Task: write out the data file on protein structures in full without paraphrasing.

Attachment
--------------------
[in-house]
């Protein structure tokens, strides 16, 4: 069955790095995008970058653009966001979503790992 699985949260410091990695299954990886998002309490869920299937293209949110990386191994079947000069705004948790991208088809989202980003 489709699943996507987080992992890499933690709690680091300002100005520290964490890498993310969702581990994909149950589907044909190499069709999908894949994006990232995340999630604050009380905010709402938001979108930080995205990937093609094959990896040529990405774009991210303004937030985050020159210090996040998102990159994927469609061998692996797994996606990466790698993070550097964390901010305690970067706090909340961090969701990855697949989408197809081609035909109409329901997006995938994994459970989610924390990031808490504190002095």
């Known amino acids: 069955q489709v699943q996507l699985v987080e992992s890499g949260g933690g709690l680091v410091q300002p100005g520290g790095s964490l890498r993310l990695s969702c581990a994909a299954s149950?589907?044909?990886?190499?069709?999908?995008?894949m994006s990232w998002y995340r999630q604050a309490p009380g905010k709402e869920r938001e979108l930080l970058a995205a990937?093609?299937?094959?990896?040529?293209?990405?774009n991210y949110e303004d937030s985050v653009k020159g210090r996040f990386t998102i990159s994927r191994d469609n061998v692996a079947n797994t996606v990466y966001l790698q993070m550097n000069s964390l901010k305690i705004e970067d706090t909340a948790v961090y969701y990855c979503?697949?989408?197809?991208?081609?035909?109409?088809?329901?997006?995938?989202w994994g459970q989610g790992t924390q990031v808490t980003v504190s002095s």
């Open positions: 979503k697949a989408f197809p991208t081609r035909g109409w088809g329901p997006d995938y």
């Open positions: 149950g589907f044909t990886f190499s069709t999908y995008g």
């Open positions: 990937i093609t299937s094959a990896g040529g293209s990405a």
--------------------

[in-house]
């Protein structure tokens, strides 16, 4: 069955790095995008970058653009966001979503790992 699985949260410091990695299954990886998002309490869920299937293209949110990386191994079947000069705004948790991208088809989202980003 489709699943996507987080992992890499933690709690680091300002100005520290964490890498993310969702581990994909149950589907044909190499069709999908894949994006990232995340999630604050009380905010709402938001979108930080995205990937093609094959990896040529990405774009991210303004937030985050020159210090996040998102990159994927469609061998692996797994996606990466790698993070550097964390901010305690970067706090909340961090969701990855697949989408197809081609035909109409329901997006995938994994459970989610924390990031808490504190002095």
């Known amino acids: 069955q489709v699943q996507l699985v987080e992992s890499g949260g933690g709690l680091v410091q300002p100005g520290g790095s964490l890498r993310l990695s969702c581990a994909a299954s149950?589907?044909?990886?190499?069709?999908?995008?894949m994006s990232w998002y995340r999630q604050a309490p009380g905010k709402e869920r938001e979108l930080l970058a995205a990937?093609?299937?094959?990896?040529?293209?990405?774009n991210y949110e303004d937030s985050v653009k020159g210090r996040f990386t998102i990159s994927r191994d469609n061998v692996a079947n797994t996606v990466y966001l790698q993070m550097n000069s964390l901010k305690i705004e970067d706090t909340a948790v961090y969701y990855c979503?697949?989408?197809?991208?081609?035909?109409?088809?329901?997006?995938?989202w994994g459970q989610g790992t924390q990031v808490t980003v504190s002095s």
């Open positions: 979503k697949a989408f197809p991208t081609r035909g109409w088809g329901p997006d995938y």
């Open positions: 149950g589907f044909t990886f190499s069709t999908y995008g």
């Open positions: 990937i093609t299937s094959a990896g040529g293209s990405a």